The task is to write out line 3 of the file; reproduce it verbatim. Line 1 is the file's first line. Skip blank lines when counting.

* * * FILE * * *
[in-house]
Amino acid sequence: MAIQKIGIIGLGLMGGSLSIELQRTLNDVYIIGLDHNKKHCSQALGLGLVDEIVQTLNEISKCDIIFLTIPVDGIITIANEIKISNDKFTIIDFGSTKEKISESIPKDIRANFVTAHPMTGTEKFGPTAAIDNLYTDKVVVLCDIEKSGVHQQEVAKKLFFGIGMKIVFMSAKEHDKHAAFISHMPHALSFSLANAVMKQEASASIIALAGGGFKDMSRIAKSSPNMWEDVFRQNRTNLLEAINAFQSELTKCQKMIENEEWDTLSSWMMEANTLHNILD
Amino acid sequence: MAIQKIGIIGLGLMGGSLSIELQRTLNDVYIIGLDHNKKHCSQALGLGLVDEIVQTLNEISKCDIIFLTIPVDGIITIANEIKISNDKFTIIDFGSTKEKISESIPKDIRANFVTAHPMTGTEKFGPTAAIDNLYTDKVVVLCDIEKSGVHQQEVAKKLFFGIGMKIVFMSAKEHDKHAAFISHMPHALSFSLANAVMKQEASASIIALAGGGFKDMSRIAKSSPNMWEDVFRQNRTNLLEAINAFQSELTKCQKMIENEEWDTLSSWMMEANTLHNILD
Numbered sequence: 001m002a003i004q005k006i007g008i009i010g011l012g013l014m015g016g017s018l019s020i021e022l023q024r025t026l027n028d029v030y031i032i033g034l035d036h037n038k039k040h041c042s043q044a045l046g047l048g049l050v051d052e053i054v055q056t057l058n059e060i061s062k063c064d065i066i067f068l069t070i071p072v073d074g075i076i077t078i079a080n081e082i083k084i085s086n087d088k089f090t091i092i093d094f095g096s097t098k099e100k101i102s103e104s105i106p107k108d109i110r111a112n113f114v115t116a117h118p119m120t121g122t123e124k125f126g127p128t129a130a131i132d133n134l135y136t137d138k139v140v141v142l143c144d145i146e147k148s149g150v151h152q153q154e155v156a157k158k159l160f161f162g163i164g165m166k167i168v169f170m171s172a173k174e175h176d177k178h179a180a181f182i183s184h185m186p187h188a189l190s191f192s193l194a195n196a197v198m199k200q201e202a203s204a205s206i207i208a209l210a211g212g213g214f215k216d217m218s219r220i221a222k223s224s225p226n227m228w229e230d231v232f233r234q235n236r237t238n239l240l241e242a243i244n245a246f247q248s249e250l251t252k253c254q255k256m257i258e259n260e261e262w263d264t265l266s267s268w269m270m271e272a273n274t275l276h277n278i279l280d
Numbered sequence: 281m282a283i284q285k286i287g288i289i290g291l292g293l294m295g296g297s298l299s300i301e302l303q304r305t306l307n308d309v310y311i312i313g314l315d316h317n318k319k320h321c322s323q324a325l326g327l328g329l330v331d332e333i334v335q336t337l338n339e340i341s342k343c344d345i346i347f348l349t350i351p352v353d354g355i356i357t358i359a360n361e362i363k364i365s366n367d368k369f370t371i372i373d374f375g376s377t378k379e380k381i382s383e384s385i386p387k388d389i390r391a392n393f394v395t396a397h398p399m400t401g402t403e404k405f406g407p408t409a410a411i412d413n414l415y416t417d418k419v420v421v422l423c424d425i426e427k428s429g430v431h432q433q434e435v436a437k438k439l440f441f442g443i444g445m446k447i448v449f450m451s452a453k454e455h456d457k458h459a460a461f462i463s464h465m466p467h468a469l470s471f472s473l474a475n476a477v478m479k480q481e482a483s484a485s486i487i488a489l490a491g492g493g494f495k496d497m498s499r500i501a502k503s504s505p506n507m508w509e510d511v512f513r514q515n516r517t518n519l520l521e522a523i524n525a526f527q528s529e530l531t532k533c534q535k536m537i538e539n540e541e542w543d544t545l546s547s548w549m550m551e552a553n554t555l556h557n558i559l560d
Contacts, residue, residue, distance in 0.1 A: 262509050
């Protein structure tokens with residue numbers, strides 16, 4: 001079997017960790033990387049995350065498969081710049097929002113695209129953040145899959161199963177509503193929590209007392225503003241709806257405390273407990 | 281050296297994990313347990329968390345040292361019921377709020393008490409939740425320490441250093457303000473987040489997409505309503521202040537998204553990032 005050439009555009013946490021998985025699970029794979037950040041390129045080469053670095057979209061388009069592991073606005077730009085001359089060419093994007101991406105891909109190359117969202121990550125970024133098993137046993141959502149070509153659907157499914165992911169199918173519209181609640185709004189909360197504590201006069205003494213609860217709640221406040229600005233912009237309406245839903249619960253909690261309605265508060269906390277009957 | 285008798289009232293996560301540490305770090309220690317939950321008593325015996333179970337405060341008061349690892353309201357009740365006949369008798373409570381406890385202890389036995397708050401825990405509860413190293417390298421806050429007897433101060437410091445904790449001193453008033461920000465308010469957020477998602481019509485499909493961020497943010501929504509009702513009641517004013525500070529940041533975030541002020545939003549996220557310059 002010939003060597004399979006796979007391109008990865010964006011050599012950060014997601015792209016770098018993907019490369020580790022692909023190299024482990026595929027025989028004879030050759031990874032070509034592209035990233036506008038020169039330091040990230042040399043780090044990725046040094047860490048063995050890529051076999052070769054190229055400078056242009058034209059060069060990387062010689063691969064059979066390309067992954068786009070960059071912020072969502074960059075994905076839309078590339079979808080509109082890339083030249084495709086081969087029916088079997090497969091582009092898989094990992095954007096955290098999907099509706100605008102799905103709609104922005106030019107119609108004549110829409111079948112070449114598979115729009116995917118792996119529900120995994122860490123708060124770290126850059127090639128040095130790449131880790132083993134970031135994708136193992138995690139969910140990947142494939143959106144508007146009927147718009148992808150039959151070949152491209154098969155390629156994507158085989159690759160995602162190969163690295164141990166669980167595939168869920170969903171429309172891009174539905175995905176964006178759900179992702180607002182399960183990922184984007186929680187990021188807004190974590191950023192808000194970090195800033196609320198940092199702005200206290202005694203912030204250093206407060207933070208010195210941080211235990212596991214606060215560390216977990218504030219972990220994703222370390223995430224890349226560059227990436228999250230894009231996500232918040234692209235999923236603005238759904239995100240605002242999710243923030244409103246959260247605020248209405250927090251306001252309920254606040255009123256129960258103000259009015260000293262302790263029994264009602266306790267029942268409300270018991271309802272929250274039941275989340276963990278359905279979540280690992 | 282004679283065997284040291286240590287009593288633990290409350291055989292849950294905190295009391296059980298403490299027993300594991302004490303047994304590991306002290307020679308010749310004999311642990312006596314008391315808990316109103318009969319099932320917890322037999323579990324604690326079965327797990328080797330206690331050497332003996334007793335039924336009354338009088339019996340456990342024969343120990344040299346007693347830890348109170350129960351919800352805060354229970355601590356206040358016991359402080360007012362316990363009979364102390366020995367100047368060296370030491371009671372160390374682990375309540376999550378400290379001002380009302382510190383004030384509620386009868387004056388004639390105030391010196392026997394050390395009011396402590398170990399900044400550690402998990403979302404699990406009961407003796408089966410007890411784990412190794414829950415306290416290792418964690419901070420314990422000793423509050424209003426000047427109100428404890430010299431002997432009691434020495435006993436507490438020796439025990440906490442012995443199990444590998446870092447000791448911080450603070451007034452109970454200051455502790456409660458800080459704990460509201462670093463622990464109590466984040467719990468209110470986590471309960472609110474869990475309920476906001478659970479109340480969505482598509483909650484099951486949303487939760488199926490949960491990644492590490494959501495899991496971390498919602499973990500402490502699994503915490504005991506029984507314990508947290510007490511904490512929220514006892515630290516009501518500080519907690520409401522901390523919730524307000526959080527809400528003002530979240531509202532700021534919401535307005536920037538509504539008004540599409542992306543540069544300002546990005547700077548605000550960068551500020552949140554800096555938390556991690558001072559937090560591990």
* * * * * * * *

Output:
Amino acid sequence: MAIQKIGIIGLGLMGGSLSIELQRTLNDVYIIGLDHNKKHCSQALGLGLVDEIVQTLNEISKCDIIFLTIPVDGIITIANEIKISNDKFTIIDFGSTKEKISESIPKDIRANFVTAHPMTGTEKFGPTAAIDNLYTDKVVVLCDIEKSGVHQQEVAKKLFFGIGMKIVFMSAKEHDKHAAFISHMPHALSFSLANAVMKQEASASIIALAGGGFKDMSRIAKSSPNMWEDVFRQNRTNLLEAINAFQSELTKCQKMIENEEWDTLSSWMMEANTLHNILD